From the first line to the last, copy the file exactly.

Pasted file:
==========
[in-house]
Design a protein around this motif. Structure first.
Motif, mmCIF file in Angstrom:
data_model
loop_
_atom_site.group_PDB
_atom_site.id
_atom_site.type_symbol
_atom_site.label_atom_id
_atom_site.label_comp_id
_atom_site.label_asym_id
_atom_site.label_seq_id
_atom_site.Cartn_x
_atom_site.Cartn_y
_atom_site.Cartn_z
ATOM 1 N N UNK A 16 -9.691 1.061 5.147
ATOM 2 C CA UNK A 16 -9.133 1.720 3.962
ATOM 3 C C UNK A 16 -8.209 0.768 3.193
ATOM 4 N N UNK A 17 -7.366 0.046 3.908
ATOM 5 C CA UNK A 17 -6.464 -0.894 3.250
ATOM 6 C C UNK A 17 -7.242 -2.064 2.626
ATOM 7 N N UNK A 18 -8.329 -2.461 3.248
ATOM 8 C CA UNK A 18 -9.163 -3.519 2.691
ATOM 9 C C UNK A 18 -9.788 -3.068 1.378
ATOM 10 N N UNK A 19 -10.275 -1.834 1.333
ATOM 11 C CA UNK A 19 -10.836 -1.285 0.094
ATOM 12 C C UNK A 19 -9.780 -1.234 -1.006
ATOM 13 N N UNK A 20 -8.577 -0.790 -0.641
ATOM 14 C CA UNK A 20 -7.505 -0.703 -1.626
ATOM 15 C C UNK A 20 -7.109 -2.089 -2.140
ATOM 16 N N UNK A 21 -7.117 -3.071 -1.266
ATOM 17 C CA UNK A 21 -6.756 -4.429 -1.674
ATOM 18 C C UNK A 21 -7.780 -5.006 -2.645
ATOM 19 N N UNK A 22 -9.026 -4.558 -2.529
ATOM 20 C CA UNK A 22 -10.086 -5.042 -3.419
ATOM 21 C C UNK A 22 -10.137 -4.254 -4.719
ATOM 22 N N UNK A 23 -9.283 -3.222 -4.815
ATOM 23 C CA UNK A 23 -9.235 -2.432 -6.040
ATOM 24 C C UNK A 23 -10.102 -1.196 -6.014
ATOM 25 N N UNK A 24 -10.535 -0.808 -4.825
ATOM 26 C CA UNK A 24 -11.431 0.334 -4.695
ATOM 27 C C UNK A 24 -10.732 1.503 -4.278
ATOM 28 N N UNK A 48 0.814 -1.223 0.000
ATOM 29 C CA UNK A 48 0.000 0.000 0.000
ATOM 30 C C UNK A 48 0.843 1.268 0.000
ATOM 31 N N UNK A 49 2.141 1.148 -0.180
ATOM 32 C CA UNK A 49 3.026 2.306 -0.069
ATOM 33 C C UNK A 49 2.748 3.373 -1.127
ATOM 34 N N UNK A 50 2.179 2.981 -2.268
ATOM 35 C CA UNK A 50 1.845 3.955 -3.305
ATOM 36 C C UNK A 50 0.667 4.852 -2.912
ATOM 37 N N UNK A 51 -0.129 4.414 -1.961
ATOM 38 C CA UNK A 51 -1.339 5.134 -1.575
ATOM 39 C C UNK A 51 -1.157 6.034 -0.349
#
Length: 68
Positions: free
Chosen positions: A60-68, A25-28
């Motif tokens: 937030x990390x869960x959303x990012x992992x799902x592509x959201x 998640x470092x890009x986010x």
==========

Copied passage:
[in-house]
Design a protein around this motif. Structure first.
Motif, mmCIF file in Angstrom:
data_model
loop_
_atom_site.group_PDB
_atom_site.id
_atom_site.type_symbol
_atom_site.label_atom_id
_atom_site.label_comp_id
_atom_site.label_asym_id
_atom_site.label_seq_id
_atom_site.Cartn_x
_atom_site.Cartn_y
_atom_site.Cartn_z
ATOM 1 N N UNK A 16 -9.691 1.061 5.147
ATOM 2 C CA UNK A 16 -9.133 1.720 3.962
ATOM 3 C C UNK A 16 -8.209 0.768 3.193
ATOM 4 N N UNK A 17 -7.366 0.046 3.908
ATOM 5 C CA UNK A 17 -6.464 -0.894 3.250
ATOM 6 C C UNK A 17 -7.242 -2.064 2.626
ATOM 7 N N UNK A 18 -8.329 -2.461 3.248
ATOM 8 C CA UNK A 18 -9.163 -3.519 2.691
ATOM 9 C C UNK A 18 -9.788 -3.068 1.378
ATOM 10 N N UNK A 19 -10.275 -1.834 1.333
ATOM 11 C CA UNK A 19 -10.836 -1.285 0.094
ATOM 12 C C UNK A 19 -9.780 -1.234 -1.006
ATOM 13 N N UNK A 20 -8.577 -0.790 -0.641
ATOM 14 C CA UNK A 20 -7.505 -0.703 -1.626
ATOM 15 C C UNK A 20 -7.109 -2.089 -2.140
ATOM 16 N N UNK A 21 -7.117 -3.071 -1.266
ATOM 17 C CA UNK A 21 -6.756 -4.429 -1.674
ATOM 18 C C UNK A 21 -7.780 -5.006 -2.645
ATOM 19 N N UNK A 22 -9.026 -4.558 -2.529
ATOM 20 C CA UNK A 22 -10.086 -5.042 -3.419
ATOM 21 C C UNK A 22 -10.137 -4.254 -4.719
ATOM 22 N N UNK A 23 -9.283 -3.222 -4.815
ATOM 23 C CA UNK A 23 -9.235 -2.432 -6.040
ATOM 24 C C UNK A 23 -10.102 -1.196 -6.014
ATOM 25 N N UNK A 24 -10.535 -0.808 -4.825
ATOM 26 C CA UNK A 24 -11.431 0.334 -4.695
ATOM 27 C C UNK A 24 -10.732 1.503 -4.278
ATOM 28 N N UNK A 48 0.814 -1.223 0.000
ATOM 29 C CA UNK A 48 0.000 0.000 0.000
ATOM 30 C C UNK A 48 0.843 1.268 0.000
ATOM 31 N N UNK A 49 2.141 1.148 -0.180
ATOM 32 C CA UNK A 49 3.026 2.306 -0.069
ATOM 33 C C UNK A 49 2.748 3.373 -1.127
ATOM 34 N N UNK A 50 2.179 2.981 -2.268
ATOM 35 C CA UNK A 50 1.845 3.955 -3.305
ATOM 36 C C UNK A 50 0.667 4.852 -2.912
ATOM 37 N N UNK A 51 -0.129 4.414 -1.961
ATOM 38 C CA UNK A 51 -1.339 5.134 -1.575
ATOM 39 C C UNK A 51 -1.157 6.034 -0.349
#
Length: 68
Positions: free
Chosen positions: A60-68, A25-28
């Motif tokens: 937030x990390x869960x959303x990012x992992x799902x592509x959201x 998640x470092x890009x986010x």